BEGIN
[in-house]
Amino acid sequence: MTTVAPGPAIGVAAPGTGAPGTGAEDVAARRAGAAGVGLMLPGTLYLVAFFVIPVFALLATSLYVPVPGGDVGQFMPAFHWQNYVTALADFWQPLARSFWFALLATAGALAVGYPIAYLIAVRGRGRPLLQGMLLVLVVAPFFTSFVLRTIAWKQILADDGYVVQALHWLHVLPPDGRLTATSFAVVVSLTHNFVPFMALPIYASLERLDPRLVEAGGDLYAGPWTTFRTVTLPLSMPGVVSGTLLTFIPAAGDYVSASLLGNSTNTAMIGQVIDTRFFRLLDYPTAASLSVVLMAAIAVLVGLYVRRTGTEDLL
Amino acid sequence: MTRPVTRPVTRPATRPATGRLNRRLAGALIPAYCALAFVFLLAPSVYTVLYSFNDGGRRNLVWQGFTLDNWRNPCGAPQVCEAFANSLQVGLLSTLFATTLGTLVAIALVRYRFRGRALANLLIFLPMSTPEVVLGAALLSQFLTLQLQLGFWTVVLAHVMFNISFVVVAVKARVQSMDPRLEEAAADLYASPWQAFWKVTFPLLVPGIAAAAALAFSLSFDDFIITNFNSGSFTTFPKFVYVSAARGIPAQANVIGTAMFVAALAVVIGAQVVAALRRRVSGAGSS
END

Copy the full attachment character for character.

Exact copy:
[in-house]
Amino acid sequence: MTTVAPGPAIGVAAPGTGAPGTGAEDVAARRAGAAGVGLMLPGTLYLVAFFVIPVFALLATSLYVPVPGGDVGQFMPAFHWQNYVTALADFWQPLARSFWFALLATAGALAVGYPIAYLIAVRGRGRPLLQGMLLVLVVAPFFTSFVLRTIAWKQILADDGYVVQALHWLHVLPPDGRLTATSFAVVVSLTHNFVPFMALPIYASLERLDPRLVEAGGDLYAGPWTTFRTVTLPLSMPGVVSGTLLTFIPAAGDYVSASLLGNSTNTAMIGQVIDTRFFRLLDYPTAASLSVVLMAAIAVLVGLYVRRTGTEDLL
Amino acid sequence: MTRPVTRPVTRPATRPATGRLNRRLAGALIPAYCALAFVFLLAPSVYTVLYSFNDGGRRNLVWQGFTLDNWRNPCGAPQVCEAFANSLQVGLLSTLFATTLGTLVAIALVRYRFRGRALANLLIFLPMSTPEVVLGAALLSQFLTLQLQLGFWTVVLAHVMFNISFVVVAVKARVQSMDPRLEEAAADLYASPWQAFWKVTFPLLVPGIAAAAALAFSLSFDDFIITNFNSGSFTTFPKFVYVSAARGIPAQANVIGTAMFVAALAVVIGAQVVAALRRRVSGAGSS